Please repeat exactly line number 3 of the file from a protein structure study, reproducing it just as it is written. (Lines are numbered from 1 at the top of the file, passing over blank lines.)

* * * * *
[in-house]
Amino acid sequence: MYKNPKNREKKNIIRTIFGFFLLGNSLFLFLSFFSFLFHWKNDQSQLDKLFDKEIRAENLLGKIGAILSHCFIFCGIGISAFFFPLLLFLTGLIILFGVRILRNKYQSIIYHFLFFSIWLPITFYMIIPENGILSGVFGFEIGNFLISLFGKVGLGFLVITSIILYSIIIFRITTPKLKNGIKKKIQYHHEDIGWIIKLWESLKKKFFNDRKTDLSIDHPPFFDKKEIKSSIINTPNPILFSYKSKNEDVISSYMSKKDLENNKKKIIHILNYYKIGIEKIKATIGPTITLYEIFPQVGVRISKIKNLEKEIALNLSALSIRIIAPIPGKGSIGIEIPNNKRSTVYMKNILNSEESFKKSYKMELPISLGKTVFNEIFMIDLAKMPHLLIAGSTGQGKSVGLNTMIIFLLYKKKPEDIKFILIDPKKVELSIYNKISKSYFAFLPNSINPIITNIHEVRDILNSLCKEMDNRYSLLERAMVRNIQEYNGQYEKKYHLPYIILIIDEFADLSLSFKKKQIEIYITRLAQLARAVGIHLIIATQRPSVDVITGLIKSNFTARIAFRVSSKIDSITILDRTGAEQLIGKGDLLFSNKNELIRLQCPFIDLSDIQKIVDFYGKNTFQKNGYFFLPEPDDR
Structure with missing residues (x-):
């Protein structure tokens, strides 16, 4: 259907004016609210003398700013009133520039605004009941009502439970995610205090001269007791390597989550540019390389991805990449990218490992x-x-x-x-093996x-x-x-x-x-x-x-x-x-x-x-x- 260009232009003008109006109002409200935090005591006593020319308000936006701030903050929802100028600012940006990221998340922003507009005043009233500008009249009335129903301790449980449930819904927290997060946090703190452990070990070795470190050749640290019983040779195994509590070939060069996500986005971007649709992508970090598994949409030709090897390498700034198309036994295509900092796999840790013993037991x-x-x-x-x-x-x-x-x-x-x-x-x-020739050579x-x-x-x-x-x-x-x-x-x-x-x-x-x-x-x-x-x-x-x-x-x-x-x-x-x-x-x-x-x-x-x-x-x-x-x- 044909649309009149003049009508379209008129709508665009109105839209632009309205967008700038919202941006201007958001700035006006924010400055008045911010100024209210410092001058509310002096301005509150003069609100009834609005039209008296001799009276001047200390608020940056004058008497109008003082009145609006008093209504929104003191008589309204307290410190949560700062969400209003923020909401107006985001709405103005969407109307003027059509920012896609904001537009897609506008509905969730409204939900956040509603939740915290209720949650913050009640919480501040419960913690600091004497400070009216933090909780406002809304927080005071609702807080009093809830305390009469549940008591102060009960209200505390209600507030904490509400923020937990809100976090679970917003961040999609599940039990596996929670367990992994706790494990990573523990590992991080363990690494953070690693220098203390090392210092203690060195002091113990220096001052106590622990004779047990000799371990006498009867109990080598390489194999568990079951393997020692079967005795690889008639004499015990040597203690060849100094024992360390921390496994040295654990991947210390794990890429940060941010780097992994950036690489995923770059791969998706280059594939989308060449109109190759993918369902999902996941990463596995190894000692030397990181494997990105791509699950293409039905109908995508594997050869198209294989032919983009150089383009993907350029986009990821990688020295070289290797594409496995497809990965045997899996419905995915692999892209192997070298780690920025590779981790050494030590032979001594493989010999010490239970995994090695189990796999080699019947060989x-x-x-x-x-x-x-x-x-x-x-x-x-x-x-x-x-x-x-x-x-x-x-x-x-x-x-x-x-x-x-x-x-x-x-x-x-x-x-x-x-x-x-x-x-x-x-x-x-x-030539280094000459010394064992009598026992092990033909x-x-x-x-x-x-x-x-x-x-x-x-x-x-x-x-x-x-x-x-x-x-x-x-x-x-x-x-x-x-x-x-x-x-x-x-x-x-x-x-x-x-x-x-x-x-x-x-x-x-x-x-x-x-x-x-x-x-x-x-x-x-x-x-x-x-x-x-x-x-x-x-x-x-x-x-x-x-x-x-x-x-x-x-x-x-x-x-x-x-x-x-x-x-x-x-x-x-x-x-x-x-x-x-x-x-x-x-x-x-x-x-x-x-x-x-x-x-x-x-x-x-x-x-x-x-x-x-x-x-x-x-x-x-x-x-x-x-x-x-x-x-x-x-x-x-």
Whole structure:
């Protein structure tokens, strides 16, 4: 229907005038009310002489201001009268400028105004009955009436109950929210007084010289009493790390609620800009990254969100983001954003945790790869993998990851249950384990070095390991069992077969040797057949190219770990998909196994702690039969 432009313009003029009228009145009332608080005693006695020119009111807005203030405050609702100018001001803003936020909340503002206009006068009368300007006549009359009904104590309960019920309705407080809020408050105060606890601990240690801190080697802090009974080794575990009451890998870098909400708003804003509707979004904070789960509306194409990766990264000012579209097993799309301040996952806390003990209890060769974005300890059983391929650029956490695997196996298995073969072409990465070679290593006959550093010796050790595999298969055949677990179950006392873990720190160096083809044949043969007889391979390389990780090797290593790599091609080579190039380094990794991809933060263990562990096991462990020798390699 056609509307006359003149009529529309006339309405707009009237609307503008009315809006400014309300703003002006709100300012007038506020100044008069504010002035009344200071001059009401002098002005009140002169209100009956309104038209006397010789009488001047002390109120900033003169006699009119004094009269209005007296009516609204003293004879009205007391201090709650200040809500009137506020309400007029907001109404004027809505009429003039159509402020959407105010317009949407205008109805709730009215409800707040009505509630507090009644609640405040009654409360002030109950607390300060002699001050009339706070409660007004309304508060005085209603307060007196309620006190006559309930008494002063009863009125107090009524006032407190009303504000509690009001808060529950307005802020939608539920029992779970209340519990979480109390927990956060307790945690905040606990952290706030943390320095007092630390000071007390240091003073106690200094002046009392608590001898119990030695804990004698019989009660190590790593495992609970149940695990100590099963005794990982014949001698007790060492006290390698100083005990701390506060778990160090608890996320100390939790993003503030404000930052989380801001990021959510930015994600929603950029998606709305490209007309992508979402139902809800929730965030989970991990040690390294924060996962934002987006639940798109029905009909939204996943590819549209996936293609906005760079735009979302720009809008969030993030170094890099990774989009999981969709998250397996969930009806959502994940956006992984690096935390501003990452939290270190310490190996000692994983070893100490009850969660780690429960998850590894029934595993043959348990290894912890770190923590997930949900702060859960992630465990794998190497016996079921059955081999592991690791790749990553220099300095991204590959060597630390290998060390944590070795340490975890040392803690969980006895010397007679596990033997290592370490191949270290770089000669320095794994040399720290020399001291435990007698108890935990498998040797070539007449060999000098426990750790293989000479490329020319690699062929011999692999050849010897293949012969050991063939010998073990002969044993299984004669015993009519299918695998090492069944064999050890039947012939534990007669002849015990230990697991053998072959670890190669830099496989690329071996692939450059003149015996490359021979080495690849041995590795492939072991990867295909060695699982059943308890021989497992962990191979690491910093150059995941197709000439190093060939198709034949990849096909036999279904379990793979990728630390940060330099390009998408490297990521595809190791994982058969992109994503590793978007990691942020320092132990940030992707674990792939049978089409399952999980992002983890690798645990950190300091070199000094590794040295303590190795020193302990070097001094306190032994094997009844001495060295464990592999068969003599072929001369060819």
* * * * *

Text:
Structure with missing residues (x-):